Next track Dixie has been divided into two separate parts: March Of The Conditioned Souls and Civil War Of The Souls. This track contains some kind of jazzy music. It can be labelled best as 'prog rock meets jazz-rock and fusion'. It's followed by a romantic piano ballad called Joyce #8, while Crystal Image shows how much Sancious must have been influenced by the piano playing of Keith Emerson. On One Time the band return to the jazz-rock style. Further On The Forest Of Feelings, originally the final track of this album, is a true symphonic piece of music, but unfortunately it only lasts for three minutes, just like The Promise Of Light, the only bonus track on this reissue. This track only features Mr. Sancious playing the grand piano.

Transformation (The Speed Of Love) was released in 1976 under the name of David Sancious And Tone. The album was recorded in Nederland, Colorado (USA) and produced by Bruce Botnik, who had also worked with bands like The Doors. The two most progressive rock tunes on this album are undoubtedly the opening track Piktor's Metamorphosis and the title track. On both tracks Sancious shows what an amazing keyboard player he is, especially on the MiniMoog. The second track Sky Church Hymn #9 demonstrates that he's a gifted guitar player as well. The song starts as a Jimi Hendrix kind of blues guitar fragment. That's not so strange knowing that Hendrix once had the idea to write a more symphonic piece which he called Sky Church. After the blues parts the song changes into a fast jazz-rock tune. The classical side of Sancious is evident on The Play And Display Of The Heart. On this mellow track the acoustic piano and the guitar intertwine very well.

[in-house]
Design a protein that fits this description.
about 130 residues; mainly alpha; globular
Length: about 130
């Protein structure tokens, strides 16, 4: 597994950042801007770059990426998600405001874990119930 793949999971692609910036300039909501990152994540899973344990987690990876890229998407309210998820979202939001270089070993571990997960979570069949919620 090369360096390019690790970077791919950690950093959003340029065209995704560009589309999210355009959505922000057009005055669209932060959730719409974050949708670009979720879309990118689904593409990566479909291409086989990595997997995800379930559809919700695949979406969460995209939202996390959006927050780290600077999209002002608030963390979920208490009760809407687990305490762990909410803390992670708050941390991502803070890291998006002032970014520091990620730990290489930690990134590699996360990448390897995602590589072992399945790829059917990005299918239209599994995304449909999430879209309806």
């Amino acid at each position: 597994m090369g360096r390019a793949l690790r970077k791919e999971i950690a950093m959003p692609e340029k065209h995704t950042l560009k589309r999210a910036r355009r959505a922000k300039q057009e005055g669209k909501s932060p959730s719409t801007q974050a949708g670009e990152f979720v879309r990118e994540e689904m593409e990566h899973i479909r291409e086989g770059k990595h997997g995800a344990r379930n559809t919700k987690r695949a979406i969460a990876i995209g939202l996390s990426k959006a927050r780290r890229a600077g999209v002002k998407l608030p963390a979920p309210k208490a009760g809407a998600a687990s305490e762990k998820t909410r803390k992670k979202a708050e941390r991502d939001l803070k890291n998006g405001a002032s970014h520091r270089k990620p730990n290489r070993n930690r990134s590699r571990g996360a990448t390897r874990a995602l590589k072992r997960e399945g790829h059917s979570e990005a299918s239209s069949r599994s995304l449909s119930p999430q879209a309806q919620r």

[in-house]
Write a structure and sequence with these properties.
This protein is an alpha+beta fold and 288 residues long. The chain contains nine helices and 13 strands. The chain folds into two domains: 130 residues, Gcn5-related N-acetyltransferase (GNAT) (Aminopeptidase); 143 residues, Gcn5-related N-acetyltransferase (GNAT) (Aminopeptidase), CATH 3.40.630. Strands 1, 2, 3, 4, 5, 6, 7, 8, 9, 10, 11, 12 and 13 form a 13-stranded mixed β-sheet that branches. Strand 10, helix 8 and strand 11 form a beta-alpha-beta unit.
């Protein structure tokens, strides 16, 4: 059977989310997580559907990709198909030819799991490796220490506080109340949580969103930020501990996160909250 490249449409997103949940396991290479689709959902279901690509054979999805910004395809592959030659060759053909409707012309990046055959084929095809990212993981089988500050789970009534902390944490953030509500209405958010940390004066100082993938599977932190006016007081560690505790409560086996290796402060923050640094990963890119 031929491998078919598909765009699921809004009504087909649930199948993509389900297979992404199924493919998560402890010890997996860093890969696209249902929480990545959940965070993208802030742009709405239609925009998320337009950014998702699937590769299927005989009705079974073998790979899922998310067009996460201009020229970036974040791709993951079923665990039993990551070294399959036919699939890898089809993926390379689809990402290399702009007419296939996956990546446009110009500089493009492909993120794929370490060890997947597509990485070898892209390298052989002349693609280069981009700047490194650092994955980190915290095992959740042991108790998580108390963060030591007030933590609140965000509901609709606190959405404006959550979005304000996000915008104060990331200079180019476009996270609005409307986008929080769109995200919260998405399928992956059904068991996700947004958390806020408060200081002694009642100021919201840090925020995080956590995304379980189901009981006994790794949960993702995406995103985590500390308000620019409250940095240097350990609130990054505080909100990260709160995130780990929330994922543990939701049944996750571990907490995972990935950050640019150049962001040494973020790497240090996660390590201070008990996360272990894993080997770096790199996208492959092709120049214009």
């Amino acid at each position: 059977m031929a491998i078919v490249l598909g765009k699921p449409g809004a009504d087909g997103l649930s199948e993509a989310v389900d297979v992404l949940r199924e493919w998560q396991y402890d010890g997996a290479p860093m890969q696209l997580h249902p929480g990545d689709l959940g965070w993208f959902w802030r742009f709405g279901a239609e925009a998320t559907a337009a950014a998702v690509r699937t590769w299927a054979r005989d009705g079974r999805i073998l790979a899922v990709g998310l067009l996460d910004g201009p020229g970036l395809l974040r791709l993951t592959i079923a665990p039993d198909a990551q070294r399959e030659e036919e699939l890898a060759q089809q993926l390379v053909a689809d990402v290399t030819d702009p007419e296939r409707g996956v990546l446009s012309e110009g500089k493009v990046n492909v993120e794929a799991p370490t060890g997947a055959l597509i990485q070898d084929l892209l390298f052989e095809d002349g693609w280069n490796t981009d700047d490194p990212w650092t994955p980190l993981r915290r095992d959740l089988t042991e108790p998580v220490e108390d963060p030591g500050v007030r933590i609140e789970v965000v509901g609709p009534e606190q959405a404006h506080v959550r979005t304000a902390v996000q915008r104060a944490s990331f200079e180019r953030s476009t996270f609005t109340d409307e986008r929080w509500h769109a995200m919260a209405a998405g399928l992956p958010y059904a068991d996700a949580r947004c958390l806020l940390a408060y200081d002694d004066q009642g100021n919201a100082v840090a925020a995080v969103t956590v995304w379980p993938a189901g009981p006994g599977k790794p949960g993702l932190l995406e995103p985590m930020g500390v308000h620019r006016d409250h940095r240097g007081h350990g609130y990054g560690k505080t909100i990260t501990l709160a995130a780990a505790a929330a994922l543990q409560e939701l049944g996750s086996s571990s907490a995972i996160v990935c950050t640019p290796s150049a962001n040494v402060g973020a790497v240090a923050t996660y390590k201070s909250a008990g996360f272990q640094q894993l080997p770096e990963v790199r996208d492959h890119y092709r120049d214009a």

A third album, Dance Of The Age Of Enlightenment, was recorded with the same line-up. However, a dispute between Epic Records and Sancious' new record label Arista Records about the rights of ownership caused that it was shelved and not be released until 2004. It briefly appeared as a Japanese bootleg. True Stories, another Tone album, came out in 1978 but afterwards the band broke up.

I'm glad Esoteric Recordings re-released both albums; they look great and sound fabulous and a lot better than in the seventies when I heard them for the first time! The artwork is fully restored just like on the original albums with lots of pictures and liner notes. Most people consider Transformation (The Speed Of Love) to be a better album than Forest Of Feelings, maybe because the latter was recorded a year earlier. In my opinion that's a mistake. If you listen carefully you'll discover that both albums are of the same high quality level and loaded with excellent compositions ranging from prog rock to blues and from classical music to jazz-rock and fusion. Therefore they both get the same high rating of four stars!

**** / **** Henri Strik (edited by Peter Willemsen)